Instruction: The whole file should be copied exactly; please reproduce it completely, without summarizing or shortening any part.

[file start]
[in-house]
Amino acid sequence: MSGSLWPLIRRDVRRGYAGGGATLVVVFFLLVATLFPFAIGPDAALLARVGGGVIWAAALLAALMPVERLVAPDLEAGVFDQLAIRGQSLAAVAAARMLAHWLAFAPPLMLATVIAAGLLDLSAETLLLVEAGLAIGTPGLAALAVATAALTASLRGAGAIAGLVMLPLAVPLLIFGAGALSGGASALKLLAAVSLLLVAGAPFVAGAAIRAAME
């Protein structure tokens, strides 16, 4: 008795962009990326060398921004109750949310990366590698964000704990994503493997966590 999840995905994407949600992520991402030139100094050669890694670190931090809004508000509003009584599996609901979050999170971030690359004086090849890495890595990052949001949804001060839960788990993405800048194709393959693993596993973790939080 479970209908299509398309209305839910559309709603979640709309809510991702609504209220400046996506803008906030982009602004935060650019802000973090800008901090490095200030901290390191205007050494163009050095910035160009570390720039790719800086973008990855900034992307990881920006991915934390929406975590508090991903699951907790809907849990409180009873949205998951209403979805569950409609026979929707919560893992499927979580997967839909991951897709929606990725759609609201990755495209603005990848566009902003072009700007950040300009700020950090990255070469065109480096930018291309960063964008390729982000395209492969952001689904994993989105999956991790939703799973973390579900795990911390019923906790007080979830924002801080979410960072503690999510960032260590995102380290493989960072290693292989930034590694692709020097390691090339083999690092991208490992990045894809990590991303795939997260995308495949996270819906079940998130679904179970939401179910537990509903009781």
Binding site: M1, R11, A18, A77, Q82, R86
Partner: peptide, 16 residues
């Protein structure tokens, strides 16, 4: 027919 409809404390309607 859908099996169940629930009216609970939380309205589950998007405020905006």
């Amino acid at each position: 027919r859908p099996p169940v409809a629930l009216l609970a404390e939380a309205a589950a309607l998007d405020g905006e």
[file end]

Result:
[in-house]
Amino acid sequence: MSGSLWPLIRRDVRRGYAGGGATLVVVFFLLVATLFPFAIGPDAALLARVGGGVIWAAALLAALMPVERLVAPDLEAGVFDQLAIRGQSLAAVAAARMLAHWLAFAPPLMLATVIAAGLLDLSAETLLLVEAGLAIGTPGLAALAVATAALTASLRGAGAIAGLVMLPLAVPLLIFGAGALSGGASALKLLAAVSLLLVAGAPFVAGAAIRAAME
């Protein structure tokens, strides 16, 4: 008795962009990326060398921004109750949310990366590698964000704990994503493997966590 999840995905994407949600992520991402030139100094050669890694670190931090809004508000509003009584599996609901979050999170971030690359004086090849890495890595990052949001949804001060839960788990993405800048194709393959693993596993973790939080 479970209908299509398309209305839910559309709603979640709309809510991702609504209220400046996506803008906030982009602004935060650019802000973090800008901090490095200030901290390191205007050494163009050095910035160009570390720039790719800086973008990855900034992307990881920006991915934390929406975590508090991903699951907790809907849990409180009873949205998951209403979805569950409609026979929707919560893992499927979580997967839909991951897709929606990725759609609201990755495209603005990848566009902003072009700007950040300009700020950090990255070469065109480096930018291309960063964008390729982000395209492969952001689904994993989105999956991790939703799973973390579900795990911390019923906790007080979830924002801080979410960072503690999510960032260590995102380290493989960072290693292989930034590694692709020097390691090339083999690092991208490992990045894809990590991303795939997260995308495949996270819906079940998130679904179970939401179910537990509903009781």
Binding site: M1, R11, A18, A77, Q82, R86
Partner: peptide, 16 residues
């Protein structure tokens, strides 16, 4: 027919 409809404390309607 859908099996169940629930009216609970939380309205589950998007405020905006």
């Amino acid at each position: 027919r859908p099996p169940v409809a629930l009216l609970a404390e939380a309205a589950a309607l998007d405020g905006e």